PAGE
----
There are currently many theories being studied in the clinical psychiatric community, some having to do with neurotransmitters and inflammatory cytokines. Studies show that there is correlation between elevated CRP levels and depression. It has also been shown that maltreatment in early childhood relates to elevated CRP in adolescence. Ms. S, a 15 year old female with a CRP of 5.8 and a history of sexual abuse, falls into both of these categories. Ms. S, also experienced multiple changes to treatment options and therapy, while consistently remaining refractory to changes in regimens. Further studies can be conducted to analyze the potential benefits of targeting refractory depression with the combination of anti-inflammatory medications and typical antidepressant regimen. Additionally, given our patient’s episode hyper-elevated mood, avenues should also be explored with the connection of inflammatory cytokines and bipolar or unipolar disorders.


MSA the Child & Adolescent Center.


  1. Haroon E, Fleischer CC, Felger JC, Chen X, Woolwine BJ, et al. (2016) Conceptual convergence: increased inflammation is associated with increased basal ganglia glutamate in patients with major depression. Mol Psychiatry 21: 1351-1357.
  2. Slopen N, Kubzansky LD, Mclaughlin KA, Koenen KC (2013) Childhood adversity and inflammatory processes in youth: a prospective study. Psychoneuroendocrinology 38: 188-200.
  3. Miller AH, Raison CL (2016) The role of inflammation in depression: from evolutionary imperative to modern treatment target. Nat Rev Immunol 16: 22-34.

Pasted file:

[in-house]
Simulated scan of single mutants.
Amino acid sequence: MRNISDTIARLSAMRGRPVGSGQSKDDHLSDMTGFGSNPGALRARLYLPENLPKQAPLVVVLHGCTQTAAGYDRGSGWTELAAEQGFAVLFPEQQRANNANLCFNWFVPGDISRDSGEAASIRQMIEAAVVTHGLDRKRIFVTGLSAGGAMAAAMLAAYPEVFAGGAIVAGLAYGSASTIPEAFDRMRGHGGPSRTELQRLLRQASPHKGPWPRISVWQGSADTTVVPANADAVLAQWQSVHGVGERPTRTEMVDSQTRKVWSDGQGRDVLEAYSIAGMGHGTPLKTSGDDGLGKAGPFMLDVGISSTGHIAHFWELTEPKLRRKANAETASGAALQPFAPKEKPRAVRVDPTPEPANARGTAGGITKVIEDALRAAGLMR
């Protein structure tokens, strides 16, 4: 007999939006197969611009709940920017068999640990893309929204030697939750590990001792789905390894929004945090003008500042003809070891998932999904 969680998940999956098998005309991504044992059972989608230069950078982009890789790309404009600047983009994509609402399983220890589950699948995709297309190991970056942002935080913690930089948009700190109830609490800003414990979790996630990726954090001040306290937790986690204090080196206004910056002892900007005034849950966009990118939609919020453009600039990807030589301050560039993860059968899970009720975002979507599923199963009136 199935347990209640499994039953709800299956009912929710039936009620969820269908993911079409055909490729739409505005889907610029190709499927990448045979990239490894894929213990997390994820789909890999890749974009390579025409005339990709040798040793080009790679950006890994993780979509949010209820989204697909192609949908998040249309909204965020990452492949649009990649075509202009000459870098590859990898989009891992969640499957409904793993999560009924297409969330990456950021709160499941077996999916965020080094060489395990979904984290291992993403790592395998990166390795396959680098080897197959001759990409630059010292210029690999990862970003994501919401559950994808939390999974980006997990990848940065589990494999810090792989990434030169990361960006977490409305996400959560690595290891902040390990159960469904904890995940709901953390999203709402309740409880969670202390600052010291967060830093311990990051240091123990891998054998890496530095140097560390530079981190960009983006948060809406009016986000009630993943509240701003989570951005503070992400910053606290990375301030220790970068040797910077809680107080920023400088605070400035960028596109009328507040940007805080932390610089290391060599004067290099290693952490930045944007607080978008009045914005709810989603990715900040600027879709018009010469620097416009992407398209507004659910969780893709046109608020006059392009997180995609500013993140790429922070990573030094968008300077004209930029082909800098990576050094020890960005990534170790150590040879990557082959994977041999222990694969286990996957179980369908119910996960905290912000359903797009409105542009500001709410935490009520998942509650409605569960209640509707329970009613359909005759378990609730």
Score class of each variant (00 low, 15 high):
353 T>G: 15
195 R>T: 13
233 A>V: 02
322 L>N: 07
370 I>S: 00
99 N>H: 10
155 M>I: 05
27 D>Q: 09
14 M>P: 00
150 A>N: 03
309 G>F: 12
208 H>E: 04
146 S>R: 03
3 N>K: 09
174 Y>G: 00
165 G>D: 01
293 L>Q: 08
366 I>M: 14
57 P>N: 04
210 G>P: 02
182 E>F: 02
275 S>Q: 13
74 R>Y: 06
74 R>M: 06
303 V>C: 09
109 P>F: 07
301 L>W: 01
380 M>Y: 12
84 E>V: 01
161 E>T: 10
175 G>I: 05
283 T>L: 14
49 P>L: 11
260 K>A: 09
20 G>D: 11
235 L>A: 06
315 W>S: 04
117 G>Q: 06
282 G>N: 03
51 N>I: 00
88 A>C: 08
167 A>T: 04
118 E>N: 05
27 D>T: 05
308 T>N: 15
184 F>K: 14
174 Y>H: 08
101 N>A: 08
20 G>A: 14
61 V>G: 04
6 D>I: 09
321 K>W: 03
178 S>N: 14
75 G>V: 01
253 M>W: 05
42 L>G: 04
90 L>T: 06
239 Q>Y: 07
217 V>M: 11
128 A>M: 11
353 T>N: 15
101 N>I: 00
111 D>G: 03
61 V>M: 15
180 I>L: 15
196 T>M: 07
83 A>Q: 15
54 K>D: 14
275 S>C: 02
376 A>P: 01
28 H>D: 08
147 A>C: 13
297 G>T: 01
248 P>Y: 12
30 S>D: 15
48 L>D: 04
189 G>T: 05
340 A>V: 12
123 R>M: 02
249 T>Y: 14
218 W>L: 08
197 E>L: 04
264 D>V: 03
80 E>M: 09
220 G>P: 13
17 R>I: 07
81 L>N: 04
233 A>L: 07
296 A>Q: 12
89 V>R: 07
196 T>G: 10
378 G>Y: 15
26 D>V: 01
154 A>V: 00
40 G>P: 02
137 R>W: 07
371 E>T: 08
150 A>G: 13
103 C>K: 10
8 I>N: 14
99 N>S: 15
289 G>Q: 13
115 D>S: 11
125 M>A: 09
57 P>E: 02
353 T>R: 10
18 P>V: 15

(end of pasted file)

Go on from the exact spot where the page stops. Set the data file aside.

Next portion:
4. Mendlewicz J, Kriwin P, Oswald P, Souery D, Alboni S, et al. (2006) Shortened onset of action of antidepressants in major depression using acetylsalicylic acid augmentation: a pilot open-label study. Int Clin Psychopharmacol 21: 227-231.
  5. Toker S, Shirom A, Shapira I, Berliner S, Melamed S (2005) The association between burnout, depression, anxiety, and inflammation biomarkers: C-reactive protein and fibrinogen in men and women. J Occup Health Psychol 10: 344-362.
  6. Miller AH, Maletic V, Raison CL (2009) Inflammation and its discontents: the role of cytokines in the pathophysiology of major depression. Biol Psychiatry 65: 732-741.
  7. Pasco JA, Nicholson GC, Williams LJ, Jacka FN, Henry MJ, et al. (2010) Association of high-sensitivity C-reactive protein with de novo major depression. Br J Psychiatry 197: 372-377.
  8. Haapakoski R, Mathieu J, Ebmeier KP, Alenius H, Kivimäki M (2015) Cumulative meta-analysis of interleukins 6 and 1β, tumour necrosis factor α and C-reactive protein in patients with major depressive disorder. Brain Behav Immun 49: 206-215.